Thursday, August 8, 2013


If you read my previous post and/or looked at my GitHub account, you already know that I'm programming a small game of TicTacToe to demonstrate and debug my state synchronization library, Harmonic. At first, I had two engines, where one actually played the game, and the other simply listened. Both engines were located in the same JVM, so identifying them was easy.

At that time, I didn't even have states yet, so the communication exchanged the actual action. This was a problem, because although both engines executed the same actions, there was no way that the application could really know. Only later, when the communication consisted of states, this could really be called synchronization.

The real fun began when I added a notion of branches. A branch points at a state, and can move to other states as well. An engine can publish changes to a branch, and the receiving engine will then ask for the missing states. Branches also make it possible to delve into alternate histories, for example for AI.

Although states and actions are defined as protobuf messages, nothing I described so far contained any networking or IO code. The BranchManager class contains three methods that do communication, but all they do is call a callback method and leave the actual networking to whatever the implementation of that callback sees fit. I added an implementation using JGroups; the same library I used in my last attempt.

And now, I have a graphical multiplayer Tic Tac Toe. Granted, it does not enforce that every client plays only his own pieces, but that's not the point and would be easy to do; it just requires a more sophisticated new-game negotiation. What does work out of the box is spectating. A newly started client does not yet ask for the current state, but as soon as one of the playing clients performs an action, the spectator is also updated.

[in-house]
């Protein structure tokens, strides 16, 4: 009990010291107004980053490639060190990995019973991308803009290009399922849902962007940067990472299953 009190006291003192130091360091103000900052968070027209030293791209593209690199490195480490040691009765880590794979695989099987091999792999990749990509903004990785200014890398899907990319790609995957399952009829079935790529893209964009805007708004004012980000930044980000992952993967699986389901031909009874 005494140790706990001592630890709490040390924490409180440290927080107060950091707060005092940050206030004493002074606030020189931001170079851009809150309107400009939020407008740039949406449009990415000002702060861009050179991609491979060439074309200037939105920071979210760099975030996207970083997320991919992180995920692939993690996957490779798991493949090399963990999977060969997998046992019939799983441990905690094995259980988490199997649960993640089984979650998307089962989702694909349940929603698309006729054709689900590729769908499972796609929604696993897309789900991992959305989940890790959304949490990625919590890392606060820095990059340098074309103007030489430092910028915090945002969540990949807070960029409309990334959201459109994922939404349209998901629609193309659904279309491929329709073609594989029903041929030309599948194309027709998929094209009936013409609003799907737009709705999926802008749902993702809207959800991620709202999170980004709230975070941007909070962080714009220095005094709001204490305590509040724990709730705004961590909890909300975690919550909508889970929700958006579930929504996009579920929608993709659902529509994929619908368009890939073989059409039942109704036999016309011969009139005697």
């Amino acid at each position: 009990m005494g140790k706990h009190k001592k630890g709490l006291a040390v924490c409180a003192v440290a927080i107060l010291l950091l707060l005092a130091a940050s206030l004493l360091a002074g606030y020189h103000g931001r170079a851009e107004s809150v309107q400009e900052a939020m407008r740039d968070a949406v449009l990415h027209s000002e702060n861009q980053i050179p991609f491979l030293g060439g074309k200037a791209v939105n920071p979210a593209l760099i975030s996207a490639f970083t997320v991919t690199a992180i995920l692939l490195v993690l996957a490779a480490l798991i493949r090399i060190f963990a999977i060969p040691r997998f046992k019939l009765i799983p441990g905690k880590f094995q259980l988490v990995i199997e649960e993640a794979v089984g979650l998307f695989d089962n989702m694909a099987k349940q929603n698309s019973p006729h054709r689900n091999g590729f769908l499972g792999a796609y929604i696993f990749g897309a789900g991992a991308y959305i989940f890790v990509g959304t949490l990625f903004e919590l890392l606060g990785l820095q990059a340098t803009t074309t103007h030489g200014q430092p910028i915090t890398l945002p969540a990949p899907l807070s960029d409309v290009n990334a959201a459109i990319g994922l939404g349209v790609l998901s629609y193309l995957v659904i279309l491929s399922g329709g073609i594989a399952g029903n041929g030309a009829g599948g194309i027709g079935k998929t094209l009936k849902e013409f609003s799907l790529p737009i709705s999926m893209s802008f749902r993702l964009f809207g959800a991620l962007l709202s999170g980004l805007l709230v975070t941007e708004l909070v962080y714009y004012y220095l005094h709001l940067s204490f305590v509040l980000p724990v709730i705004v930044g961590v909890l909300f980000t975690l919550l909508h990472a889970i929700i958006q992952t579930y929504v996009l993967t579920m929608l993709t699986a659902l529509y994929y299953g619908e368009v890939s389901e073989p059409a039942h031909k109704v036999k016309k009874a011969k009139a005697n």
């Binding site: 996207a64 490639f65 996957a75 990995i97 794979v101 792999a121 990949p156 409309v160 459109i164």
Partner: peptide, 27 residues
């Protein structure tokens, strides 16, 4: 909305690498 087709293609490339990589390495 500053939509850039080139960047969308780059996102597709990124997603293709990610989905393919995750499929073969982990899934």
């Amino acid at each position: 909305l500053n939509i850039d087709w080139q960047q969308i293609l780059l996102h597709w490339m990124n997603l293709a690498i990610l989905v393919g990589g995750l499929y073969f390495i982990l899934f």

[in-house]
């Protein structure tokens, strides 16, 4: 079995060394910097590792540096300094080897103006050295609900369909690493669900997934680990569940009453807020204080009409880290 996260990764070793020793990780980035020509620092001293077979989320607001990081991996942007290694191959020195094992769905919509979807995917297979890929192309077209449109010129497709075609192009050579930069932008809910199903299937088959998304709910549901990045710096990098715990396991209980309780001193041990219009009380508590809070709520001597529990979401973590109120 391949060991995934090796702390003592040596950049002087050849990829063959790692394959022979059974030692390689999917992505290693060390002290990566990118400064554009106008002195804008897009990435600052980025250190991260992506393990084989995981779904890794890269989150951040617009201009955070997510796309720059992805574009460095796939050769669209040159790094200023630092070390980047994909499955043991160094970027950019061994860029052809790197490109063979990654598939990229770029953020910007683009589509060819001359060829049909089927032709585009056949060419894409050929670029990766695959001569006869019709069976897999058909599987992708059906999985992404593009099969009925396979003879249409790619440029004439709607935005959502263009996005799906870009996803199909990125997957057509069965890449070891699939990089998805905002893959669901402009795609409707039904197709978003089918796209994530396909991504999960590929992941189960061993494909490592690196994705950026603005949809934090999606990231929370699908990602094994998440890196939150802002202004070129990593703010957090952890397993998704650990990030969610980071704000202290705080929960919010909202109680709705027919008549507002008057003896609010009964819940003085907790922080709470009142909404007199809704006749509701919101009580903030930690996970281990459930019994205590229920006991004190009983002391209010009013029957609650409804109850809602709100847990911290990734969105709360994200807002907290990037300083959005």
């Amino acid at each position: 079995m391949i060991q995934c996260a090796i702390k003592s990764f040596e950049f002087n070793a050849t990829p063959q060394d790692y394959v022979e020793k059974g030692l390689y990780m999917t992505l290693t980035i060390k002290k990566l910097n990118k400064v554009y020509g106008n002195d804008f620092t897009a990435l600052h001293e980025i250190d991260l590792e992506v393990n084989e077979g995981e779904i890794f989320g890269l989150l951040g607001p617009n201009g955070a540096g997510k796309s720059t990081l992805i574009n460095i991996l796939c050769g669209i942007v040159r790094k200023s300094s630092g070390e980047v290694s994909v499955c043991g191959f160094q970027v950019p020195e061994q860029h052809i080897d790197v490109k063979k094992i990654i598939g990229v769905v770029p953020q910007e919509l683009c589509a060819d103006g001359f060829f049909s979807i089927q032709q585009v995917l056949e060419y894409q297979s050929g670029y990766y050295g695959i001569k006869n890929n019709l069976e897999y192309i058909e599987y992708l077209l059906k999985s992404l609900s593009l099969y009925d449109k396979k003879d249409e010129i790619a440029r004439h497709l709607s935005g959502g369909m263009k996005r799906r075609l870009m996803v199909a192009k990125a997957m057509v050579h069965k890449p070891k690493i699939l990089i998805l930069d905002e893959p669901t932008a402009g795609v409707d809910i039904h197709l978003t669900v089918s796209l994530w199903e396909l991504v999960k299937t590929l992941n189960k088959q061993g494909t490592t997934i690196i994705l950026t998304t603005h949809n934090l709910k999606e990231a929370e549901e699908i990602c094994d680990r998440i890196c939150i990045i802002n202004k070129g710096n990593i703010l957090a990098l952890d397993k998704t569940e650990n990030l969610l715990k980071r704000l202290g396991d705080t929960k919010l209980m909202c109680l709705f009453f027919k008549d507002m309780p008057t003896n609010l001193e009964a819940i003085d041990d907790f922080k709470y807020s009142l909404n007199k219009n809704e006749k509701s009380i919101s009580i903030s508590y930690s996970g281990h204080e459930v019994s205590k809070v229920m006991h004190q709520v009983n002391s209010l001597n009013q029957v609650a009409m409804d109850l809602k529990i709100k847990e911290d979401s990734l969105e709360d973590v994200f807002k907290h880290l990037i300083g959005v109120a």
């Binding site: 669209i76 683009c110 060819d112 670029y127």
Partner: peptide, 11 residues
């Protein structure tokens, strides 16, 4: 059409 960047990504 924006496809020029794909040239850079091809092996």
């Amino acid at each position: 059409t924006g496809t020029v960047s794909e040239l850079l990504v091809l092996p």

Right now, to try it, you have to build Polybuf, Harmonic and TicTacToe yourself, which is not optimal. TicTacToe is meant to help me experiment, find out what's good practice and what needs improvement. When it comes to distribution, applications have different requirements than libraries, and fulfilling these requirements is the next thing on my schedule.

Okay, that's fixed now! I have added a git repository that contains a Maven repository. That means you can reference my libraries (for example, in building TicTacToe), and the dependencies can be downloaded from there, without the need for you to build them yourself.

The repository also contains a TicTacToe-0.1.0-jar-with-dependencies.jar, which... well. It also has a MainClass attribute, so it should be reasonably double-clickable. I have only tested it on one machine, and I don't know how the default JGroups-Stack behaves in LANs and WANs, but fixing issues arising from that is a matter of passing a configuration to a constructor...

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